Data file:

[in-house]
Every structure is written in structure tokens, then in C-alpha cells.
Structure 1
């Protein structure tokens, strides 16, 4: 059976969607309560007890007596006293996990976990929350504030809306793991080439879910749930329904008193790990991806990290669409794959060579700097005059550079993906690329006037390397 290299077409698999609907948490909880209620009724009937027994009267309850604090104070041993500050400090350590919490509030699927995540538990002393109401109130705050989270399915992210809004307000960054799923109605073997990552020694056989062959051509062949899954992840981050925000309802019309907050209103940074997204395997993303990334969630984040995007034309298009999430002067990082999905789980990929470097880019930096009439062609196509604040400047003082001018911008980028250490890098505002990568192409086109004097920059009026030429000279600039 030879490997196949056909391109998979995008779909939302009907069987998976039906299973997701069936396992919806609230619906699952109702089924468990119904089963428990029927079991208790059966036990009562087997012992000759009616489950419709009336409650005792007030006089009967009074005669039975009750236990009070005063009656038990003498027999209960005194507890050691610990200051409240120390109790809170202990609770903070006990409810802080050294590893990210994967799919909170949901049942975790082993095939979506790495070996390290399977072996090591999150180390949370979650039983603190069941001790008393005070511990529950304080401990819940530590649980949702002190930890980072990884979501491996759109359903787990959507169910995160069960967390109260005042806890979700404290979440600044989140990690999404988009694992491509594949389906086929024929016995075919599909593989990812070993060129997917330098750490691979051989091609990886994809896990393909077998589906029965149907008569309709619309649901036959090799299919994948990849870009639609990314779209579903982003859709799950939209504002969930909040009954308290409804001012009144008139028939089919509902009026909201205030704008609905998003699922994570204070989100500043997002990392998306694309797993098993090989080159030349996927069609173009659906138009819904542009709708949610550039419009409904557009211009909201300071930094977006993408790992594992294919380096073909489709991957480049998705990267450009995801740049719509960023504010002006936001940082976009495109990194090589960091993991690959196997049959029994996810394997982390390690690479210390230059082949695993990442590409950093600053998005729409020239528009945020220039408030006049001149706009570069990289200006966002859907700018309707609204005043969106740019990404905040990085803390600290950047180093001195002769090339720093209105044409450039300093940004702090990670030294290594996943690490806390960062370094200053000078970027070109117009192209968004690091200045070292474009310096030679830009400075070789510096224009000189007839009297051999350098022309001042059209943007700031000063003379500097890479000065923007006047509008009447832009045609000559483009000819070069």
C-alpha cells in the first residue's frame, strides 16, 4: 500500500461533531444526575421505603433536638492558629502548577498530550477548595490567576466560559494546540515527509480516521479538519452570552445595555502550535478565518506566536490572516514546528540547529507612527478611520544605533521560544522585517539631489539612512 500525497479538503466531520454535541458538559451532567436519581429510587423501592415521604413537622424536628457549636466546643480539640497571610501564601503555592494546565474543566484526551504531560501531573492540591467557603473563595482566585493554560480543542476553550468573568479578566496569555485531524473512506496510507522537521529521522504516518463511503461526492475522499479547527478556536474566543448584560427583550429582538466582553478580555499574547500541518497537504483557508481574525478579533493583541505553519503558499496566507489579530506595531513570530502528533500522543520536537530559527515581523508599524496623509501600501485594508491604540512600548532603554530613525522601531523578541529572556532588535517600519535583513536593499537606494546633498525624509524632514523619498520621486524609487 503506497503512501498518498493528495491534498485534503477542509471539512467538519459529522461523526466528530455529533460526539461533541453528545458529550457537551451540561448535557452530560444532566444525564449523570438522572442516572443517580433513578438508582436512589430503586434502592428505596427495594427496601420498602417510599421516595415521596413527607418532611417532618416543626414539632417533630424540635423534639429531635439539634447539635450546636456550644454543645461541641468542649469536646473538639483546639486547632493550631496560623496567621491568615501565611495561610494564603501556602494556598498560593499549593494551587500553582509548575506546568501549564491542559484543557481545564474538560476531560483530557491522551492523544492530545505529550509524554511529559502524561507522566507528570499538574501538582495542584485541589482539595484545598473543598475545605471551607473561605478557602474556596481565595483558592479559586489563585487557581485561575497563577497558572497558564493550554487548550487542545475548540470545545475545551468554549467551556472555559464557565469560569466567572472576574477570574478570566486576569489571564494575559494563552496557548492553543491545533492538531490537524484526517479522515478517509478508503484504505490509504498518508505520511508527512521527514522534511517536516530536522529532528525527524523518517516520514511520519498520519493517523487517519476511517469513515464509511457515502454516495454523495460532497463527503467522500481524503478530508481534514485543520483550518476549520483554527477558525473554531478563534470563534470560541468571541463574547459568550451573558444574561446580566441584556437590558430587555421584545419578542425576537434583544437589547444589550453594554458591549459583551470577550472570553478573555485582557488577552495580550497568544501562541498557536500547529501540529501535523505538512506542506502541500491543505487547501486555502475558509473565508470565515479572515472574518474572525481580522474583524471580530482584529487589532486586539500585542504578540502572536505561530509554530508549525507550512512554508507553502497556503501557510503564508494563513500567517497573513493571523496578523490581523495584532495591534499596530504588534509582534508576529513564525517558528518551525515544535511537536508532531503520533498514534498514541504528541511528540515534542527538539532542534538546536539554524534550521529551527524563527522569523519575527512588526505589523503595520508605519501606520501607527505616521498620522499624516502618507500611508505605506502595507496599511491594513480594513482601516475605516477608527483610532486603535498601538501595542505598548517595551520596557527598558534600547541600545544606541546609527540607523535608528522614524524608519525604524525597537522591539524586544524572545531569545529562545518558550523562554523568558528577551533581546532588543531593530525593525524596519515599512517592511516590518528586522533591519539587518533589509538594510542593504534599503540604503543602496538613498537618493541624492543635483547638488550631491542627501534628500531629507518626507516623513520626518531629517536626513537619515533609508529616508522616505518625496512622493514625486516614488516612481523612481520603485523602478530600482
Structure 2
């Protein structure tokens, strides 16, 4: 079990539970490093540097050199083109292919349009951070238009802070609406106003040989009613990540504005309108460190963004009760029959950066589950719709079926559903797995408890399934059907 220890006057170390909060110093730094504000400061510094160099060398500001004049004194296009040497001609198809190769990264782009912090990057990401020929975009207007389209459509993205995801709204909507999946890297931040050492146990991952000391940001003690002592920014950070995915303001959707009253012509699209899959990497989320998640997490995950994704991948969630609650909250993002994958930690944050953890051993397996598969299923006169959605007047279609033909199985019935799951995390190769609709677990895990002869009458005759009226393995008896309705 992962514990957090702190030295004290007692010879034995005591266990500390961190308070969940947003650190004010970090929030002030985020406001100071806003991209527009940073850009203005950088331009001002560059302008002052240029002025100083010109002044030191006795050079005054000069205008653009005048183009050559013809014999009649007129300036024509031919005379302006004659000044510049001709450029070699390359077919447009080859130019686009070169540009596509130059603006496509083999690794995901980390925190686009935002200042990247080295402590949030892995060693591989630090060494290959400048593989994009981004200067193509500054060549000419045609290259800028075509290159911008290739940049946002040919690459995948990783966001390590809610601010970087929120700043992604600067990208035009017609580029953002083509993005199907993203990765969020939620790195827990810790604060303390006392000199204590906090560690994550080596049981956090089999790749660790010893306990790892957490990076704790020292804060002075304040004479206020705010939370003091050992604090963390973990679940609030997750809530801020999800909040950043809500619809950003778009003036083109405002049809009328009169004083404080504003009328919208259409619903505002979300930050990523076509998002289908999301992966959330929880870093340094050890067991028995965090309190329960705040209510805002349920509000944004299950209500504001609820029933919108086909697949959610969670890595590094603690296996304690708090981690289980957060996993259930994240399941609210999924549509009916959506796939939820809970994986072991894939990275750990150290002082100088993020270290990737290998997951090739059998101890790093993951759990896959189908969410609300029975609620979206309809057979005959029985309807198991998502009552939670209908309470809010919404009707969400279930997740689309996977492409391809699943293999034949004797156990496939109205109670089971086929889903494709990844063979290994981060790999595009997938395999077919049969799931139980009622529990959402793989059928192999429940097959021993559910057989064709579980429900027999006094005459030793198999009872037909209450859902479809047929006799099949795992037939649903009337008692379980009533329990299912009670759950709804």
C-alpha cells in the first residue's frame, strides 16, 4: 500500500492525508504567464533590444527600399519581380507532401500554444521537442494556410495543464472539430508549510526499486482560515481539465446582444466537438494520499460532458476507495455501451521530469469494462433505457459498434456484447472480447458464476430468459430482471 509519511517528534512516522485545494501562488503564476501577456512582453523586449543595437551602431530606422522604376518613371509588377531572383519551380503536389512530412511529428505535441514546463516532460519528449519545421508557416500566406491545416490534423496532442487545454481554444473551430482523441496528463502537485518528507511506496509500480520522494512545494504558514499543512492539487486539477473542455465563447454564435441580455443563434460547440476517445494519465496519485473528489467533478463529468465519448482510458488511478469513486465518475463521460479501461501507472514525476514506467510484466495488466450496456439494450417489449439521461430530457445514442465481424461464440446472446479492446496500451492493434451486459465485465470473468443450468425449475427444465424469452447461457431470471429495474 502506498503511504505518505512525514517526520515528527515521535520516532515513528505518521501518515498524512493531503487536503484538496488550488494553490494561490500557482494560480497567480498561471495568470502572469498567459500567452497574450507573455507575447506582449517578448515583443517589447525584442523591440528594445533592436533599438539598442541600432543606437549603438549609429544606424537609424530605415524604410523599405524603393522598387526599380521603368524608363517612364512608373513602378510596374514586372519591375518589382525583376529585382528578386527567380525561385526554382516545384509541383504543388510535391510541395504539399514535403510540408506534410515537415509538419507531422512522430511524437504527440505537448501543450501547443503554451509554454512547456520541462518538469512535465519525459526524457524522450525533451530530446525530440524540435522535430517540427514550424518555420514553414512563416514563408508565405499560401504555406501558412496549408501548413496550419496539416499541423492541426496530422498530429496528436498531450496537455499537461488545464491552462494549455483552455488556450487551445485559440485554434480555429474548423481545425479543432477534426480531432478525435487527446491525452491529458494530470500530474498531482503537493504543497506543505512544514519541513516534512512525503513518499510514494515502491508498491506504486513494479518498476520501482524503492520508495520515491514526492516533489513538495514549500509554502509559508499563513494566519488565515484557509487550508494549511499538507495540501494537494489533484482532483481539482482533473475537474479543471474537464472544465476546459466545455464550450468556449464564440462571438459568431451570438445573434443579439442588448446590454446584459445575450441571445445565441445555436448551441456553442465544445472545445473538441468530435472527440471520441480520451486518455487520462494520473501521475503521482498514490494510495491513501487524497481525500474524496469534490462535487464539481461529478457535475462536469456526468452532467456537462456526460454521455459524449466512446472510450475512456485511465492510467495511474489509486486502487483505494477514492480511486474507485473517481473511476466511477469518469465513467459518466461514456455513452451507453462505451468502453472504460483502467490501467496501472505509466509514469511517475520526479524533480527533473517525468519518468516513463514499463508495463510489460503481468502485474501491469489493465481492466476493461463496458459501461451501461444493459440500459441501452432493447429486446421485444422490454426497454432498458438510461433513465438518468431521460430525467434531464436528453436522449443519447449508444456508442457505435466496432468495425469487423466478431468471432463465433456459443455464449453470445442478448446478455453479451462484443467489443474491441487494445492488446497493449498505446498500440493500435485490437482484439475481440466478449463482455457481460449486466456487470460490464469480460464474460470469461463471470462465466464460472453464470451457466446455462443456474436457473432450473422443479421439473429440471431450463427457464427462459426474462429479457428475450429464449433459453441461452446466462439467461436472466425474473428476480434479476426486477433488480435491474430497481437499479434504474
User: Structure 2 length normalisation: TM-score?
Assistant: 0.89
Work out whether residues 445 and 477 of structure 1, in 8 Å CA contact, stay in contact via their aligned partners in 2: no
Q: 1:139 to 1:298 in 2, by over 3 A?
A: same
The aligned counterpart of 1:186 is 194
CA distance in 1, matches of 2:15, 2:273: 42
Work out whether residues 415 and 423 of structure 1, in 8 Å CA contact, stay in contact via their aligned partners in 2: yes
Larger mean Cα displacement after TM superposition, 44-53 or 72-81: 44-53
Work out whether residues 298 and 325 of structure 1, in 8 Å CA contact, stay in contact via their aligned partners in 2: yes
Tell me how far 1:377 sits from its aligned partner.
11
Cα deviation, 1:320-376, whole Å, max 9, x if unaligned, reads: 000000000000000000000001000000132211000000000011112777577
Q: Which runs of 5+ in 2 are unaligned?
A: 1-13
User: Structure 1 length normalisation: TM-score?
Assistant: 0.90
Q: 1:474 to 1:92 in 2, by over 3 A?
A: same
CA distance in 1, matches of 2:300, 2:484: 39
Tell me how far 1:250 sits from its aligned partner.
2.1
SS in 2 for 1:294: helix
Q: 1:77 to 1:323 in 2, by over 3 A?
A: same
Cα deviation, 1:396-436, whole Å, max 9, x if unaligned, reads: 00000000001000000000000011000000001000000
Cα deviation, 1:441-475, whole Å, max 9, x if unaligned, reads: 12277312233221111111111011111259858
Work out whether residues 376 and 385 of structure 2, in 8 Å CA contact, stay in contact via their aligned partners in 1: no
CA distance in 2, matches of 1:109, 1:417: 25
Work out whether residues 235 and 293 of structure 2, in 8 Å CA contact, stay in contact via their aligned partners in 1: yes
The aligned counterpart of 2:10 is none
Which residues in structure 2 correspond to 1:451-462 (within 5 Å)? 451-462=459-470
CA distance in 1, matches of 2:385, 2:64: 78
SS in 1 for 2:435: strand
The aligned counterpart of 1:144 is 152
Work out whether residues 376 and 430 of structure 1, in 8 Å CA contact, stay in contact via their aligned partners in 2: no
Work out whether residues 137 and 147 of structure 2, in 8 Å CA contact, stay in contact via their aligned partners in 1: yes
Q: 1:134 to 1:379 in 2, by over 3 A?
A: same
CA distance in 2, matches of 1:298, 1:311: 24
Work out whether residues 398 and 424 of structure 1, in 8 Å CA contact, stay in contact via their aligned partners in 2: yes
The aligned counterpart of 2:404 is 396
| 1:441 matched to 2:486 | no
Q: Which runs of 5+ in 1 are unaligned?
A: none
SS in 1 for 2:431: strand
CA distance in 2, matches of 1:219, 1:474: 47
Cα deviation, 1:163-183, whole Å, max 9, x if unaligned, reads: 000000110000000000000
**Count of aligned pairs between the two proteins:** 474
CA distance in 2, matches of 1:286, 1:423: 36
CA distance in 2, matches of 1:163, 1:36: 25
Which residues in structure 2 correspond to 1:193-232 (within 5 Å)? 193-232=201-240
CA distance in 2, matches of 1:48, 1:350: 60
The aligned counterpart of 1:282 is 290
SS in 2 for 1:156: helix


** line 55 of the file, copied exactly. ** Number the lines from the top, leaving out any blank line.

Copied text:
CA distance in 2, matches of 1:219, 1:474: 47